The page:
The Purpose and Importance of Bylaws
As corporations throughout the years have found out the hard way, changes to a company’s bylaws and policies can be met with reactions ranging from surprise to anger or disappointment. What can be even more troublesome is if a company does not have bylaws or policies in place.
BylawsMany businesses that are just starting out are understandably in flux when it comes to "business as usual." Furthermore, many new company leaders may believe that there is little point to spending valuable time and resources away from their primary goal (to become successful) in order to draft and implement rules to govern how the business will be managed. This is especially true with small businesses who may only have a handful of loyal believers helping them build from the ground up. Despite their seemingly mundane nature, however, establishing rules and bylaws that will be used to govern employees, or board members, is an important step to ensuring the company's lasting success. Part of this success will come from the added protection these documents provide from government investigators or employee led lawsuits. Under California law, companies are not specifically required to file a copy of their bylaws with the state. Some argue that a corporation does not need bylaws at all, so long as the business has another document (i.e. articles of incorporation) that outlines the total number of board members the company will have sitting on its Board of Directors. This comes from a provision of the law that states that "the bylaws shall set forth...the number of directors of the corporation..." This portion of the law is preceded by a statement that "bylaws may be adopted, amended or repealed" by the Board, unless the articles of incorporation state otherwise. It is best to consult an experienced attorney when creating a corporation so that this question can be discussed, as well as what exactly needs to go in them if they are drafted. In some situations, the failure to have sufficient guiding documents for a corporation can land a company in serious legal trouble.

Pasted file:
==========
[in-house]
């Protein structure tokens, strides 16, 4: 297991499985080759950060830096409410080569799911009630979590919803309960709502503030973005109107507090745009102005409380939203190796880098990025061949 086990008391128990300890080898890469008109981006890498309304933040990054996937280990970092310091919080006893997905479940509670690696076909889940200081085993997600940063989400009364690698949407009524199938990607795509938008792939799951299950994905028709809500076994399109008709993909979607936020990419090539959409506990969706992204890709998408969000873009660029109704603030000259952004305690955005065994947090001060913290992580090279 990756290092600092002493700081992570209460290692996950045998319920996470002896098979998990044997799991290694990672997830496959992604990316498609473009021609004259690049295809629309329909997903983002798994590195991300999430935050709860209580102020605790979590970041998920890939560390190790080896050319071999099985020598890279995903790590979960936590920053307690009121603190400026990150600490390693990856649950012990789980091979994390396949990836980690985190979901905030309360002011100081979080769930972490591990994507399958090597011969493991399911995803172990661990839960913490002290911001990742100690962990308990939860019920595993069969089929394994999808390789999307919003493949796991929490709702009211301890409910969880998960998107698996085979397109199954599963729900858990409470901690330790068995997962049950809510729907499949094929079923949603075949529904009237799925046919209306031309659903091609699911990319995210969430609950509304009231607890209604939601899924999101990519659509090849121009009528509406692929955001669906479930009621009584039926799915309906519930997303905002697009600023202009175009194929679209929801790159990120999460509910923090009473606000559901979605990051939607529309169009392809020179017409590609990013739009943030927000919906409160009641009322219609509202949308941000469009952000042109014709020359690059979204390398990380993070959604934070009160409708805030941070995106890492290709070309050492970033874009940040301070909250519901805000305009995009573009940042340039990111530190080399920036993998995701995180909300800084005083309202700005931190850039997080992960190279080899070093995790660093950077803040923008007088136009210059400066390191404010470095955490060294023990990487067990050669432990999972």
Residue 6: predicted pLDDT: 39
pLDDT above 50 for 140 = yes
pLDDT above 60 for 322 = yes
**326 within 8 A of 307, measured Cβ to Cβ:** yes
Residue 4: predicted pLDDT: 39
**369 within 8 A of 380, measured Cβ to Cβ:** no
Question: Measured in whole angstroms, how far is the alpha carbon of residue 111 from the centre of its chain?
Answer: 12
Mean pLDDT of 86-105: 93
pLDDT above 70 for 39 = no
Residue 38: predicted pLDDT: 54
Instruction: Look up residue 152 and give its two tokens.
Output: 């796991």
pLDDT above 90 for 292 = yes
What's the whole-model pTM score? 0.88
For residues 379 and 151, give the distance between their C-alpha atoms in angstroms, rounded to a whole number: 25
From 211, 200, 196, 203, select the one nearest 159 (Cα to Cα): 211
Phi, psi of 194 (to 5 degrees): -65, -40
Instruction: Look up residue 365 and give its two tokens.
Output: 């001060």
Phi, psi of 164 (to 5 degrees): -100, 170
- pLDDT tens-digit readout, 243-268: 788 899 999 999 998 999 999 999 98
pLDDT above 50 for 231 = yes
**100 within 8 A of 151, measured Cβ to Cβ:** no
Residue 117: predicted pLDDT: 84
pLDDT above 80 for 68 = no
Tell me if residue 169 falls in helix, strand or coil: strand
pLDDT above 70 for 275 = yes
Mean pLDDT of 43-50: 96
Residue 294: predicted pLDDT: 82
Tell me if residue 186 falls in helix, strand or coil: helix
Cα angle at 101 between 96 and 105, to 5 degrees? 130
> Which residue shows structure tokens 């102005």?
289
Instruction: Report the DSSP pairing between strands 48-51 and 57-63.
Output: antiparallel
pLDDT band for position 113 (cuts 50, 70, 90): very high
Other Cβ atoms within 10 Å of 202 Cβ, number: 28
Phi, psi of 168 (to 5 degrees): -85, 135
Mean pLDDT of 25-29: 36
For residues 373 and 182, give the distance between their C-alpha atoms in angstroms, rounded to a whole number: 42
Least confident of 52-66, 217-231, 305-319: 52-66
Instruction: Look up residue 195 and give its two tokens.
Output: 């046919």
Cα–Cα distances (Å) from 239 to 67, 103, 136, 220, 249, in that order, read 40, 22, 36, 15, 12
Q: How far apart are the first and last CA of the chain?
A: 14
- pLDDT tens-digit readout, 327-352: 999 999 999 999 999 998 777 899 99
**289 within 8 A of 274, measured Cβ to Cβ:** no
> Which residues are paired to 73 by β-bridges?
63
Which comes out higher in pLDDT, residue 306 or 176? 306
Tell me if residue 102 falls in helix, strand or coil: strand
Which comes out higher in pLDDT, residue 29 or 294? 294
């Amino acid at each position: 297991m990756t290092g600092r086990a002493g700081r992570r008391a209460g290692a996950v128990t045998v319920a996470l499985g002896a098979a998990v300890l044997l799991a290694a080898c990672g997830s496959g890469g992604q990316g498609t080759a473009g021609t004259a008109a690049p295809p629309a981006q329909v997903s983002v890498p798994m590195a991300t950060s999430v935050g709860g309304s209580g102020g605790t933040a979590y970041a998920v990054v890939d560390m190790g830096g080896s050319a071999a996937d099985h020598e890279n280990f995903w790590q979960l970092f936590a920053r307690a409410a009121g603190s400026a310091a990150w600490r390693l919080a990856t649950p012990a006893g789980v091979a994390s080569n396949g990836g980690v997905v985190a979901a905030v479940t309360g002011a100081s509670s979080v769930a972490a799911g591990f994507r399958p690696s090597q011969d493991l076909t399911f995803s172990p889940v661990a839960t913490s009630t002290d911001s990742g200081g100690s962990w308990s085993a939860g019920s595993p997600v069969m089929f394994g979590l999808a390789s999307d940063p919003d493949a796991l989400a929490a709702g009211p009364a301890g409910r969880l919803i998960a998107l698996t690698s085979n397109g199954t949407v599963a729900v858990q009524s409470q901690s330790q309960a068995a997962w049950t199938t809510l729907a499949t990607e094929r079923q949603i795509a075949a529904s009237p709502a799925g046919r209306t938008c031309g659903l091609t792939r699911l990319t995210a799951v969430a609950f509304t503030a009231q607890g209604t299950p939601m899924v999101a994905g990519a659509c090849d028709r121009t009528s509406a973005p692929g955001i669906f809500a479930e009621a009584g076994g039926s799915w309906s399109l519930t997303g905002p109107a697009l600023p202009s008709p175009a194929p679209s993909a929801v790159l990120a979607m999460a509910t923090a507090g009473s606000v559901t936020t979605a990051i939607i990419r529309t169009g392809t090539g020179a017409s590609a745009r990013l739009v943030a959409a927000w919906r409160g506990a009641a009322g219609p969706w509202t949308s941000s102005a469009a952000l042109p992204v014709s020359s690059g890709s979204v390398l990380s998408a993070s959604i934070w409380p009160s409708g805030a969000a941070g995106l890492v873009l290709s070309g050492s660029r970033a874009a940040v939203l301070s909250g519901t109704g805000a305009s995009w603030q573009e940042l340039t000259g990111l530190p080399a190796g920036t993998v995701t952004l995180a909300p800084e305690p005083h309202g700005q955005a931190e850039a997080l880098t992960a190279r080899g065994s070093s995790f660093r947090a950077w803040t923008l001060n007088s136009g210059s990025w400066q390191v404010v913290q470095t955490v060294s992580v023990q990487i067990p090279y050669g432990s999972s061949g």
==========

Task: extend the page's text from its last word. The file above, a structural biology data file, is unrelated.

Governing DocumentsA corporation's governing documents must meet a list of requirements in order to pass under California law. These items should not merely be seen as a checklist, however, as they will be cited to in the event a lawsuit or investigation arises down the road. The documents should outline the "governing principles" that the company will follow when conducting business and may be looked at by state and federal regulators to ensure compliance with all applicable national (and international) laws. Such principles include: 1) The rights and equitable treatment of shareholders, 2) The interests of other stakeholders, 3) The role/responsibilities of the Board, 4) What will be considered ethical behavior for corporate officers and board members, and 5) Transparency principles. These must be discussed in such a way that makes it clear to all board members and corporate officers what will be expected of them and what will be prohibited. Vague concepts and unclear direction in the corporation's guiding documents can lead to liability on the part of the company if it is found that poor behavior was encouraged or knowingly overlooked.